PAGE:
THE BBC's turmoil has worsened as two senior executives hired lawyers to refute a statement that they had decided to step aside from their jobs.
Helen Boaden, the director of news, and her deputy, Stephen Mitchell, were relieved of their duties in one of the first decisions made by the acting director general, Tim Davie.
The BBC claimed Ms Boaden had "decided that she is not in a position to undertake" her role until the results of a review of Newsnight's decision not to broadcast a film about Jimmy Savile were known.
But Robert Peston, the BBC's business editor, disclosed in his blog that "lawyers acting for Ms Boaden and Mr Mitchell have informed Mr Davie that they are quite capable of running BBC News, even with the uncertainty created by the . . . inquiry".
As the sense of rebellion within the BBC grew, another senior insider said the truth about Ms Boaden and Mr Mitchell was "not how the BBC have made it appear", adding: "They are not happy to be going at all."
However, Norman Smith, the BBC's chief political correspondent, said he had been told Ms Boaden and Mr Mitchell would not go "without a fight" if they were not reinstated following the review by Nick Pollard, the former head of Sky News.
Mr Peston predicted "widespread anger within BBC News at what will be seen as a pre-empting of the results of Nick Pollard's investigation".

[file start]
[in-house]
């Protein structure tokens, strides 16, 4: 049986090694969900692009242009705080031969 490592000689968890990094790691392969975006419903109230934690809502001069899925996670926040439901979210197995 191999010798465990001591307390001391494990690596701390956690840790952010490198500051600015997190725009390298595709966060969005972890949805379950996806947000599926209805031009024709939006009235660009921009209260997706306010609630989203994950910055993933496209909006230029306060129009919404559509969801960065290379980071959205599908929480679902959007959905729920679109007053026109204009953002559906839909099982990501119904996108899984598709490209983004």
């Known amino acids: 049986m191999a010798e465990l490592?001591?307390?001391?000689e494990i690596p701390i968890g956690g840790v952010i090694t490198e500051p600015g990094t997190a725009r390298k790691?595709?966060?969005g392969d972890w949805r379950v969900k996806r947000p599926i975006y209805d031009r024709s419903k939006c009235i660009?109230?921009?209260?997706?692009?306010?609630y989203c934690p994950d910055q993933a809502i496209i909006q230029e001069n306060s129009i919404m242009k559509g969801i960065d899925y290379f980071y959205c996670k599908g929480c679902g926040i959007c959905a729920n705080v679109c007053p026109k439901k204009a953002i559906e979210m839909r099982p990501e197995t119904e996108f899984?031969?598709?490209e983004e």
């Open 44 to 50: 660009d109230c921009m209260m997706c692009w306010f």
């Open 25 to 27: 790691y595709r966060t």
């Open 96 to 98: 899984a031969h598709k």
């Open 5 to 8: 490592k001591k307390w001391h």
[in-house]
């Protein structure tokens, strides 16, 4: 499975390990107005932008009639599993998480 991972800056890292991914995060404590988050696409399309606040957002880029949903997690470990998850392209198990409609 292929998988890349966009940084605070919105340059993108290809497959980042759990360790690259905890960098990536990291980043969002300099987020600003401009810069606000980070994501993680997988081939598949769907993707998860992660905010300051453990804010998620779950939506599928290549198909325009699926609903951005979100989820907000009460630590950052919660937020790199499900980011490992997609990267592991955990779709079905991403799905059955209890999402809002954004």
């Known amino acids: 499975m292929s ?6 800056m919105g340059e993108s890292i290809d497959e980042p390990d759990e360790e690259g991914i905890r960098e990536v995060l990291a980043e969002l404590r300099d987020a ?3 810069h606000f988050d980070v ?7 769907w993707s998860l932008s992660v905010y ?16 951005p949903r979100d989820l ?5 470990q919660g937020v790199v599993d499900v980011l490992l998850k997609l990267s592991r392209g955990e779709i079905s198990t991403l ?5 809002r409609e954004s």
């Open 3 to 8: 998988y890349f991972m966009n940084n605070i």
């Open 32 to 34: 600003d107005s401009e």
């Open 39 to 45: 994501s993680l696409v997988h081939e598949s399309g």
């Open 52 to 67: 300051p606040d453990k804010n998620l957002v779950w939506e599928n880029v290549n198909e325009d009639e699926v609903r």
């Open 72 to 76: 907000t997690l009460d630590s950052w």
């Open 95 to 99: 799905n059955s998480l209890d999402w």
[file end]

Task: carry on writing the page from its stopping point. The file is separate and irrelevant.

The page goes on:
He pointed out that neither Ms Boaden nor Mr Mitchell had anything to do with Newsnight's disastrous decision to make false claims linking a senior Conservative to child abuse, yet their removal appeared to have been a direct result of the 'Newsnight' film.
Mr Peston said many of his colleagues "believed Ms Boaden and Mr Mitchell ought to be put firmly back in charge of news, because of the perception that they would never have permitted the latest child abuse story on 'Newsnight'". Mr Davie and Chris Patten, the chairman of the BBC Trust, decided that the fact Ms Boaden and Mr Mitchell had withdrawn from decisions relating to child abuse or Jimmy Savile had created a "lack of clarity" within BBC News about who is in charge. He decided to move Ms Boaden and Mr Mitchell aside to remove any ambiguity about the editorial "chain of command". (©Daily Telegraph, London)
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